Authenticity is a word that gets tossed around quite a bit. It’s especially common in the entrepreneur world. And nothing brings out the inauthentic quality in people than when money (and ego) are involved.Today, however, I’m going to focus on the non-entrepreneur.
To be nobody-but-yourself in a world which is doing its best, night and day, to make you everybody but yourself — means to fight the hardest battle which any human being can fight — and never stop fighting. – E.E. Cummings
In her book, The Gifts of Imperfection, Brene Brown talks about authenticity as being the ability to let go of who we think we’re supposed to be and embracing who we are. I love that simple description but I struggle with it at the same time.
When I created my first business, there was a time where I thought I was supposed to be everything to everyone – in my business and in my life. The things I do now for self-care were not even on my radar back then, which to me, are exactly a reflection of who I am and what I know I need to feel aligned and balanced in my life.
It’s the embracing who we are part that I struggle with most – you, too? When we aren’t fully embracing who we are, we’re not fully present in our lives and open to what may come to us. I’ve learned this lesson several times. It’s simply the hardest for me, too, because I am my own worst critic. I thought for a long time I needed fixing. As I, women, and mothers often experience, when we feel a part of us has slipped away – we struggle to get that back. Even today, I struggle at times to embrace who I fully am. It’s just so easy to feel like we’re flawed or broken.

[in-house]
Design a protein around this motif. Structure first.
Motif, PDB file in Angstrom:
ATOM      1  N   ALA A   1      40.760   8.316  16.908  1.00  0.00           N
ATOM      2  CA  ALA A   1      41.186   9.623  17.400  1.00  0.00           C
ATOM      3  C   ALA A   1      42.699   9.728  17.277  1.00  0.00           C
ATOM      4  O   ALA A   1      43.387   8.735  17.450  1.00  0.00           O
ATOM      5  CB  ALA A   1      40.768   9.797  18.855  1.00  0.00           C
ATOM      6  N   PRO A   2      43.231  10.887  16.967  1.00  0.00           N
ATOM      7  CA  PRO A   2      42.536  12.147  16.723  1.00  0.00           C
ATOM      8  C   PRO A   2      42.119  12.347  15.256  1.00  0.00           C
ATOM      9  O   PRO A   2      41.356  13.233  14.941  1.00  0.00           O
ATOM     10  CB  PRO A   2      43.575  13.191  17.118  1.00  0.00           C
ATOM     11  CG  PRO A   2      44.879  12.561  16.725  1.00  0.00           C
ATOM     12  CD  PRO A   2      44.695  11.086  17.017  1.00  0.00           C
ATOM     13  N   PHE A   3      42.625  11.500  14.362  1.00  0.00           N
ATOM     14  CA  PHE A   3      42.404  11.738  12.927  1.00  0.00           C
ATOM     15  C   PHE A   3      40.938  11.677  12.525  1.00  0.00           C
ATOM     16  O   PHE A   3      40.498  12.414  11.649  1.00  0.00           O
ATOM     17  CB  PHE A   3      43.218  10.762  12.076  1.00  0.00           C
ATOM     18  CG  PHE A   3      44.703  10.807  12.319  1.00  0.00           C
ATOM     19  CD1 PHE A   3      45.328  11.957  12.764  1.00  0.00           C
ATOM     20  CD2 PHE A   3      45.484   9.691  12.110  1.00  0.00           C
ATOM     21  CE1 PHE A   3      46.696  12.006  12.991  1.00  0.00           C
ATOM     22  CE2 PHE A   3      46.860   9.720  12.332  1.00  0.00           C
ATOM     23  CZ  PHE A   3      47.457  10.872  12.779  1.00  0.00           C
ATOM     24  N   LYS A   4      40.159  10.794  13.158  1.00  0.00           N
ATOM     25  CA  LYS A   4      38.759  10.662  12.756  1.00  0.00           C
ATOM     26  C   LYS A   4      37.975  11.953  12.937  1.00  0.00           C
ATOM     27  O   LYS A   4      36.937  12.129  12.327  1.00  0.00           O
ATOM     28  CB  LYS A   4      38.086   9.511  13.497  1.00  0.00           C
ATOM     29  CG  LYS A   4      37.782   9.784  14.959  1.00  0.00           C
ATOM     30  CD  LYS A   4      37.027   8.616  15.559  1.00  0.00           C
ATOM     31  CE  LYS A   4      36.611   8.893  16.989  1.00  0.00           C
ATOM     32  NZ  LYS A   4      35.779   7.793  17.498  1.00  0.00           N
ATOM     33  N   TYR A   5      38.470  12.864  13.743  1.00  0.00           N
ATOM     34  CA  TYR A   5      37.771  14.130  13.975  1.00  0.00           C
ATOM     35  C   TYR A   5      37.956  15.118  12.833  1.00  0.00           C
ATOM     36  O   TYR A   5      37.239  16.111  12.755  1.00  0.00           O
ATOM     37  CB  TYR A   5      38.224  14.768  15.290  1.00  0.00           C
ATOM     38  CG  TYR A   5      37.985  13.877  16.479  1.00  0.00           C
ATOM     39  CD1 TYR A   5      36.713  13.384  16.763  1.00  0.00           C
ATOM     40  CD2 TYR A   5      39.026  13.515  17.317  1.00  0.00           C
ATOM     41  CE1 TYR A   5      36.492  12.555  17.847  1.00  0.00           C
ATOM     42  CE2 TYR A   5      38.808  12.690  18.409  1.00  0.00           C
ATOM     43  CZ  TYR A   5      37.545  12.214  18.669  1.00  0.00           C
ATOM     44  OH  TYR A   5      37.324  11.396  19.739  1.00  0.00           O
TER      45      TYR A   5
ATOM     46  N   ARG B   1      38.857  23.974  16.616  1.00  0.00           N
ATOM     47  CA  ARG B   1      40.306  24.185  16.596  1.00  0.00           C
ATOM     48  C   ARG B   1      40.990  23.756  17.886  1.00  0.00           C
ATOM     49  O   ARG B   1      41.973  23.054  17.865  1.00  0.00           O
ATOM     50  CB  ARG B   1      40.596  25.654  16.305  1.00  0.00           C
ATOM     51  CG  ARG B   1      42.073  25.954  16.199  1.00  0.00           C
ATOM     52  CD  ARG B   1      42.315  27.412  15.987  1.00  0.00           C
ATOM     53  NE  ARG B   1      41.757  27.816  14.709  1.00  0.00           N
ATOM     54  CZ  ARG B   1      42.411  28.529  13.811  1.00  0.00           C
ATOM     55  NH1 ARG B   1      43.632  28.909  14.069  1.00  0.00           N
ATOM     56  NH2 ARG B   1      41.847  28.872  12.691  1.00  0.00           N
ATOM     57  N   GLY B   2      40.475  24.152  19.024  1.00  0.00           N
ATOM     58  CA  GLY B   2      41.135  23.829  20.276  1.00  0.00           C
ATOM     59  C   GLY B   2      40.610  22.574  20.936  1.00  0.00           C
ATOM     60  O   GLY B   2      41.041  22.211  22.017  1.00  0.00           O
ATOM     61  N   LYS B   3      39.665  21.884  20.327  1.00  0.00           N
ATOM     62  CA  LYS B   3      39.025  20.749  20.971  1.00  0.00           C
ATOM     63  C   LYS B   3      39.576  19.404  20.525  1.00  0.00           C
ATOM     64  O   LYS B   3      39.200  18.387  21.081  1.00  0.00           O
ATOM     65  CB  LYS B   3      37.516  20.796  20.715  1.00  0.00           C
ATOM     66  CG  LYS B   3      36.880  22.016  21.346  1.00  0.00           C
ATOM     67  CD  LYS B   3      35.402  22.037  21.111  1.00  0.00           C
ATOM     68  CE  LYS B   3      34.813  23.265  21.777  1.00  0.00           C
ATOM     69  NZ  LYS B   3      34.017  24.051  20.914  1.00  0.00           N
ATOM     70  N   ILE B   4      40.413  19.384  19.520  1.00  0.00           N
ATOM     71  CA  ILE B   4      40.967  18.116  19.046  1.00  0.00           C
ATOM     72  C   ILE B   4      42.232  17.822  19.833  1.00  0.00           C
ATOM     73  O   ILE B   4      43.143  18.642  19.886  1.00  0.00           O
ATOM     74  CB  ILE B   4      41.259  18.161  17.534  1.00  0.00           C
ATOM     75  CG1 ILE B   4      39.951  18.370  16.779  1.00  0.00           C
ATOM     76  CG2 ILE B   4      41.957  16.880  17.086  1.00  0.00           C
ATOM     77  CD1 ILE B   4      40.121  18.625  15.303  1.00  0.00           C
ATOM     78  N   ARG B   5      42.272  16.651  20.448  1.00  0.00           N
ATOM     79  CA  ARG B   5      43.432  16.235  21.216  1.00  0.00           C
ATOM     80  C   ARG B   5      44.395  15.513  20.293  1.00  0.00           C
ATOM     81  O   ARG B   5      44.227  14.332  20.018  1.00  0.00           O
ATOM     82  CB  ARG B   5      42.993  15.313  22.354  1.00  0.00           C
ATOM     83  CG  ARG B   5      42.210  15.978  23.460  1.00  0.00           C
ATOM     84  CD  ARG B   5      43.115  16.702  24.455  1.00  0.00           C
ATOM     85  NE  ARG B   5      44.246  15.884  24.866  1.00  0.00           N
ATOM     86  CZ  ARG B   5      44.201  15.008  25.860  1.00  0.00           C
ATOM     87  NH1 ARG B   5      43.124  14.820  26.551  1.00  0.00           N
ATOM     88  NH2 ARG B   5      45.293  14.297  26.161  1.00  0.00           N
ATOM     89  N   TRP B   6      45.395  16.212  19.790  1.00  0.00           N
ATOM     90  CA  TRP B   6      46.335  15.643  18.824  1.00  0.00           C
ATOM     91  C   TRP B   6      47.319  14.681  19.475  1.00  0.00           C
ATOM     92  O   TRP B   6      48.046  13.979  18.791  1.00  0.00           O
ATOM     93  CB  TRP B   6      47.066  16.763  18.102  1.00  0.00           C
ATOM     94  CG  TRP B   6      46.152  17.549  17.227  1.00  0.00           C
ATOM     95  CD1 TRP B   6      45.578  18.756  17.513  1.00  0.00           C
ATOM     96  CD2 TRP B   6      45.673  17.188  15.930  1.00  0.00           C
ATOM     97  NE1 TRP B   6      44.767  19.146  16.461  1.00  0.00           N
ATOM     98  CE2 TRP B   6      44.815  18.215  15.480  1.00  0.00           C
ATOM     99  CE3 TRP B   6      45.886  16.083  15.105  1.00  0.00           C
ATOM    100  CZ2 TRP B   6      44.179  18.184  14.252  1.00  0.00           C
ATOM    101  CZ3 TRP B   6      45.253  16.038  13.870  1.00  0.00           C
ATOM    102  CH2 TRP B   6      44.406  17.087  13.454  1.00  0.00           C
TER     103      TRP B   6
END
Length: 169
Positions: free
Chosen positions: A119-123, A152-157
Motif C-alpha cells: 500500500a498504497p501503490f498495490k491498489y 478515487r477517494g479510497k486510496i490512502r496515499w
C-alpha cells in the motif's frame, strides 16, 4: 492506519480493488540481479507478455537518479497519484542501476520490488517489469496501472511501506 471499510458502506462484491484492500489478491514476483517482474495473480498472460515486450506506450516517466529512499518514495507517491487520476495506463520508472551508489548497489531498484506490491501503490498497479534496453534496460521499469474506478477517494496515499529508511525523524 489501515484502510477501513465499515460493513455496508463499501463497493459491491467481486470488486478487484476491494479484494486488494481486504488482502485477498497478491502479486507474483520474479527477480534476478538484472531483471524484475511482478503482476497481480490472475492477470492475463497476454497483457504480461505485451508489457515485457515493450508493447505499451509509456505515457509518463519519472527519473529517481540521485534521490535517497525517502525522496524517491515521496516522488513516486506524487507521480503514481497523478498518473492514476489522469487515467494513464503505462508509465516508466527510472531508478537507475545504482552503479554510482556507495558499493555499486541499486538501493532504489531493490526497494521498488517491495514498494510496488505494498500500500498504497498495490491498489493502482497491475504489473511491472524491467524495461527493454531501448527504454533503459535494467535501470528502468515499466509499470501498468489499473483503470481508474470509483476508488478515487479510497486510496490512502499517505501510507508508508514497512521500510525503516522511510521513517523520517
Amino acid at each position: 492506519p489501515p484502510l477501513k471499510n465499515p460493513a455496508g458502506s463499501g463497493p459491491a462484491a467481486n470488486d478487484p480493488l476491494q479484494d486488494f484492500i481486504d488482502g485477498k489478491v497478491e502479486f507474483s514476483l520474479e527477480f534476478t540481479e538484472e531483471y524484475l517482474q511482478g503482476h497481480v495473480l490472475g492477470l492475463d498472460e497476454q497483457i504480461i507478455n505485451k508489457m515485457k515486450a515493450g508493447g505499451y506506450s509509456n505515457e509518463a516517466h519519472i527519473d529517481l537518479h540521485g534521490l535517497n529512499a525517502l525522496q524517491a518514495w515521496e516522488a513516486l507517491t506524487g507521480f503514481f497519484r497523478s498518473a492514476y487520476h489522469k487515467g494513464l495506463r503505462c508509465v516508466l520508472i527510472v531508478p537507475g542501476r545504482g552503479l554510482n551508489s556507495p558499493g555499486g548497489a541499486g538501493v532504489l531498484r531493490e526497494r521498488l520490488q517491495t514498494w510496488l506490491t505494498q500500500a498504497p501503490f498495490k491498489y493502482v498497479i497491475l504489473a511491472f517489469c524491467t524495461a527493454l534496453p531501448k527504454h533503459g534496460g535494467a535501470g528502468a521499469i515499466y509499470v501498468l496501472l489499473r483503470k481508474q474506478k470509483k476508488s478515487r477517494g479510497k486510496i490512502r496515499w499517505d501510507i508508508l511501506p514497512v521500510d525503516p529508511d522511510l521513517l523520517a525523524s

The imperfections add character
I’m reminded of wabi-sabi, where pottery items that would be considered broken/defective to one person, in Zen Buddhism, the cracks add to its character – perfectly imperfect.
A dear friend of mine leads powerful lessons in self-acceptance and having trust within yourself. I can’t recommend her Lightworker LOVE course enough! It’s something you can listen to over and over.
We all struggle with full acceptance of ourselves. One thing I know to be true is that if you start working on yourself, the work must never stop. I’ve had to start again more than once. It’s a daily practice, and then also in forgiving yourself in the process.